My dad is gonna bash your dad's head in.


“My dad hates your dad's guts. He told me he's gonna bash his head in.”

“What? Why? Our dads don't even know each other.”

My friend was the kind of kid that parents don't let their kids play with. The kind of kid who eats doggy biscuits to make his wiener dogs jealous, then laughs when the beasts take a bite out of your little sister. The kind of kid who yells the n word at the apartments down the hill just to see if anything happens. He was Sid from Toy Story except with dirty magazines and access to cigarettes. In other words, he was the kind of kid that you believe when he says his dad is going to bash your dad's head in.

Terrified, I told my dad about the threat. I had to warn him.

My dad's response shocked me. He said he was going to confront our angry neighbor. I didn't understand why my dad would walk toward conflict.

I was terrified when he crossed the street. My dad wasn't a fighter and I doubted he could defend himself.

Shaking behind the curtains in our living room I watched him walk up the driveway and ring the door bell. I prayed that nobody was home. To my horror the door opened.

I waited for the fight to start. I imagined what a bashed in head looked like and practiced the story I would tell the 911 operator.

Words were being exchanged, but I couldn't hear anything. Then their hands made contact and the confrontation ended… in a handshake.

Dad came home and told me everything was fine and I had nothing to worry about. He was never threatened again.

Now I am an adult with boys of my own and I am still impressed by my dad's courage. Maybe it was a different time, a more civilized era when disagreements could be settled with good will and a handshake. A time before a sign in your front yard could justify violence, before bumper stickers signaled allegiance to warring tribes. A time before terrorism, protests, and screens filled with hatred. A time of boring presidents and dull news at 9. But what if it is the same? What if the bullies can still be silenced with old-fashioned neighborly kindness? What if all it takes to disarm the tension is the courage to cross the street? Perhaps the conflict can still end in a handshake. I may never know because I am still just a child hiding behind the curtains watching the struggle from a distance, hoping my people don't get their heads bashed in.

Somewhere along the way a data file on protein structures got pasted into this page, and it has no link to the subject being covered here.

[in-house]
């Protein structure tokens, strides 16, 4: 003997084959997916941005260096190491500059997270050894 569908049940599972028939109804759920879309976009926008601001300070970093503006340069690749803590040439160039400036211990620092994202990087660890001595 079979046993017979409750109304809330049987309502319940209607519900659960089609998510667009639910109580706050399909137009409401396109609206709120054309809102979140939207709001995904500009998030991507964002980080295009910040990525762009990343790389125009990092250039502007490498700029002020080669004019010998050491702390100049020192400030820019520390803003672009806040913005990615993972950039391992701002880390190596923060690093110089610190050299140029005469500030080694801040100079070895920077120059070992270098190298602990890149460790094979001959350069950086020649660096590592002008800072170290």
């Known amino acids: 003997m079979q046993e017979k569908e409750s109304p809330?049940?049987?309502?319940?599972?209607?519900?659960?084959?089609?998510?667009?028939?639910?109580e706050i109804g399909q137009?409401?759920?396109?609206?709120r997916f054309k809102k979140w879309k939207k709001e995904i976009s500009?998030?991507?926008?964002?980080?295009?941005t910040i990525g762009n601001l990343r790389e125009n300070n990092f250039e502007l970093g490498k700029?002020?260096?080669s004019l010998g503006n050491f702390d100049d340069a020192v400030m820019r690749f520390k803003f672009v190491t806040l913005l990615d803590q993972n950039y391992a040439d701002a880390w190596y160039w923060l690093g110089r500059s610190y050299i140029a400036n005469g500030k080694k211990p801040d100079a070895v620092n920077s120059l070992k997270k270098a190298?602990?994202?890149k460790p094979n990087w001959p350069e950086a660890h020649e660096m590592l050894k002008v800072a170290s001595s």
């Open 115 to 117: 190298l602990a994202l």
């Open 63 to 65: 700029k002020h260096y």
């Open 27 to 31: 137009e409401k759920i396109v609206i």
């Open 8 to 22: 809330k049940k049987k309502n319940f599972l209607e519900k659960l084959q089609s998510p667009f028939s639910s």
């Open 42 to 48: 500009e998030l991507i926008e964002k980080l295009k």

Thanks for reading. For my own safety, I avoid writing about religion and politics every week. You should follow me so you don’t miss my next story. Stay creative.


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